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active, and which in the English seems consistent with so much that is human and kindly. There is always the question whether this sort of game is worth the candle; but that is a moral consideration which would take me too far from the little scene I am trying to suggest; it is sufficient for the present purpose that the English think it is worth it. A main fact of the scene was the constant movement of distinguished figures within the sacred close, and up and down the paths past the rows of on-lookers on their penny chairs. The distinguished figures were apparently not the least molested by the multiplied and concentrated gazes of the on-lookers, who were, as it were, outside the window, and of the street. What struck one accustomed to the heterogeneous Sunday crowds of Central Park, where any such scene would be so inexpressibly impossible, was the almost wholly English personnel of the crowd within and without the sacred close. Here and there a Continental presence, French or German or Italian, pronounced its nationality in dress and bearing; one of the many dark subject races of Great Britain was represented in the swarthy skin and lustrous black hair and eyes of a solitary individual; there were doubtless various colonials among the spectators, and in one's nerves one was aware of some other Americans. But these exceptions only accented the absolutely English dominance of the spectacle. The alien elements were less evident in the observed than in the observers, where, beyond the barrier, which there was nothing to prevent their passing, they sat in passive rows, in passive pairs, in passive ones, and stared and stared. The observers were mostly men, and largely men of the age when the hands folded on the top of the stick express a pause in the emotions and the energies which has its pathos.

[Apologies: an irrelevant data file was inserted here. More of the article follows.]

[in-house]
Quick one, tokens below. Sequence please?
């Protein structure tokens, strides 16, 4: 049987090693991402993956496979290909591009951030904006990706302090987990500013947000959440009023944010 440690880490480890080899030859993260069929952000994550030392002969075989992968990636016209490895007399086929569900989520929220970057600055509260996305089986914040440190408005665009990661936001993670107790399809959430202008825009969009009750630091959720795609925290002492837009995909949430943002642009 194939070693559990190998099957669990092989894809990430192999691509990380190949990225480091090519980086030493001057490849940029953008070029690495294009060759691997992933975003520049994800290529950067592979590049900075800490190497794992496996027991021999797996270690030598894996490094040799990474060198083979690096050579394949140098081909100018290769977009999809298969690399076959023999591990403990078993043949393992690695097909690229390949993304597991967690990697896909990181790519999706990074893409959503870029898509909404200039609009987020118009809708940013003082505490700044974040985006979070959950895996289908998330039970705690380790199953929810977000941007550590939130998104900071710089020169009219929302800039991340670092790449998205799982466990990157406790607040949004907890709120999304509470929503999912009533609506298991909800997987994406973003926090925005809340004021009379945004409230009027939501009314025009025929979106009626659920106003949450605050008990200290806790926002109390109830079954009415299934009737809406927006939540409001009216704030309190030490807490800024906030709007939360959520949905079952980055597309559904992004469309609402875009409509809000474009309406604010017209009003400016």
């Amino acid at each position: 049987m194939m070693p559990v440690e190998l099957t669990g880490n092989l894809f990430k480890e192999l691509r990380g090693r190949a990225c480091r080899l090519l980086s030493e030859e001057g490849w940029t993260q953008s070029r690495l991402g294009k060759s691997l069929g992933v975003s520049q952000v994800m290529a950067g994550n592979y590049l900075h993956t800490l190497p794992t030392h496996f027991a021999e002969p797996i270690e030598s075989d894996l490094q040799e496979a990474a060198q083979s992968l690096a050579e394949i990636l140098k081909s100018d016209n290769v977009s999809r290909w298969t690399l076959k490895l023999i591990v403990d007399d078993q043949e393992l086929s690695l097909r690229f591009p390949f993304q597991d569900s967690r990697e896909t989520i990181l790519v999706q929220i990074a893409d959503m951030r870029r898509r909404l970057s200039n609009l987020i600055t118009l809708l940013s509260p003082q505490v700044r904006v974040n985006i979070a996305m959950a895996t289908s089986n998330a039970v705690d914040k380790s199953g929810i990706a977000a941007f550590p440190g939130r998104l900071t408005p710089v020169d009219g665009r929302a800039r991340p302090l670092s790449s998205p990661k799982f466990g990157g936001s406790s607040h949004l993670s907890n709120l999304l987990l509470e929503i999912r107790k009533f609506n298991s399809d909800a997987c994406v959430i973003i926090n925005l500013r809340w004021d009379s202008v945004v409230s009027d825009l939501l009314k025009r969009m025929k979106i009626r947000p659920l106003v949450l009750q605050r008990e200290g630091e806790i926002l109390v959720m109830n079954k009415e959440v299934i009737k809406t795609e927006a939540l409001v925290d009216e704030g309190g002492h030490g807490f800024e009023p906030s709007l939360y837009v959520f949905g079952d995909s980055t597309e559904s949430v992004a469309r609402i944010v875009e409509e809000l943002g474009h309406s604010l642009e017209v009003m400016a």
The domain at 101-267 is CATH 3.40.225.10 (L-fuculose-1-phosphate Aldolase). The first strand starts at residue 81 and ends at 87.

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There were women among them, of course, but the women were also of the age when the keener sensibilities are taking a rest; and such aliens of their sex as qualified the purely English nature of the affair lost whatever was aggressive in their difference.